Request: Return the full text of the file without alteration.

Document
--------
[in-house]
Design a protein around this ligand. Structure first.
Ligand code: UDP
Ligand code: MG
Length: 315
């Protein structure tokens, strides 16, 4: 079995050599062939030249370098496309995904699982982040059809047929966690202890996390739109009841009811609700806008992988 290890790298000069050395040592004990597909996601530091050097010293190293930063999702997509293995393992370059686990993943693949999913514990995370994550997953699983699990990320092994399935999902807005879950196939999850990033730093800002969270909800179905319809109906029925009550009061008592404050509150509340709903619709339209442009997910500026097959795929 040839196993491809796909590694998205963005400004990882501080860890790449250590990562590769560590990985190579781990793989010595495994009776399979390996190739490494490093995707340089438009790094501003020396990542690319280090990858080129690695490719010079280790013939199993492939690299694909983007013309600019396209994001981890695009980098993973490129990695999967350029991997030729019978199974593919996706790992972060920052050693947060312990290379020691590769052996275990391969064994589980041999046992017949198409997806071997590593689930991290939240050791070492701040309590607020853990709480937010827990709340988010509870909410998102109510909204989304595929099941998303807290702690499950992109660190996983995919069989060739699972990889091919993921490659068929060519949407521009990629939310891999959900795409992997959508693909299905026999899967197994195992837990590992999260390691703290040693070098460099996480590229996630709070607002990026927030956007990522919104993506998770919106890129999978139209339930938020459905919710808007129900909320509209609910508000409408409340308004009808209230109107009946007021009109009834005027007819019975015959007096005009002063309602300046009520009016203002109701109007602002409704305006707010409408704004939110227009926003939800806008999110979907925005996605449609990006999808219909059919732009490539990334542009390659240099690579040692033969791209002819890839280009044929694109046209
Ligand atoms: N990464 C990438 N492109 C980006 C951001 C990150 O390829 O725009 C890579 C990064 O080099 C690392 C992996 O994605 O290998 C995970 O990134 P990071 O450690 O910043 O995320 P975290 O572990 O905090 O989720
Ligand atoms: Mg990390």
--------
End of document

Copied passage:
[in-house]
Design a protein around this ligand. Structure first.
Ligand code: UDP
Ligand code: MG
Length: 315
């Protein structure tokens, strides 16, 4: 079995050599062939030249370098496309995904699982982040059809047929966690202890996390739109009841009811609700806008992988 290890790298000069050395040592004990597909996601530091050097010293190293930063999702997509293995393992370059686990993943693949999913514990995370994550997953699983699990990320092994399935999902807005879950196939999850990033730093800002969270909800179905319809109906029925009550009061008592404050509150509340709903619709339209442009997910500026097959795929 040839196993491809796909590694998205963005400004990882501080860890790449250590990562590769560590990985190579781990793989010595495994009776399979390996190739490494490093995707340089438009790094501003020396990542690319280090990858080129690695490719010079280790013939199993492939690299694909983007013309600019396209994001981890695009980098993973490129990695999967350029991997030729019978199974593919996706790992972060920052050693947060312990290379020691590769052996275990391969064994589980041999046992017949198409997806071997590593689930991290939240050791070492701040309590607020853990709480937010827990709340988010509870909410998102109510909204989304595929099941998303807290702690499950992109660190996983995919069989060739699972990889091919993921490659068929060519949407521009990629939310891999959900795409992997959508693909299905026999899967197994195992837990590992999260390691703290040693070098460099996480590229996630709070607002990026927030956007990522919104993506998770919106890129999978139209339930938020459905919710808007129900909320509209609910508000409408409340308004009808209230109107009946007021009109009834005027007819019975015959007096005009002063309602300046009520009016203002109701109007602002409704305006707010409408704004939110227009926003939800806008999110979907925005996605449609990006999808219909059919732009490539990334542009390659240099690579040692033969791209002819890839280009044929694109046209
Ligand atoms: N990464 C990438 N492109 C980006 C951001 C990150 O390829 O725009 C890579 C990064 O080099 C690392 C992996 O994605 O290998 C995970 O990134 P990071 O450690 O910043 O995320 P975290 O572990 O905090 O989720
Ligand atoms: Mg990390």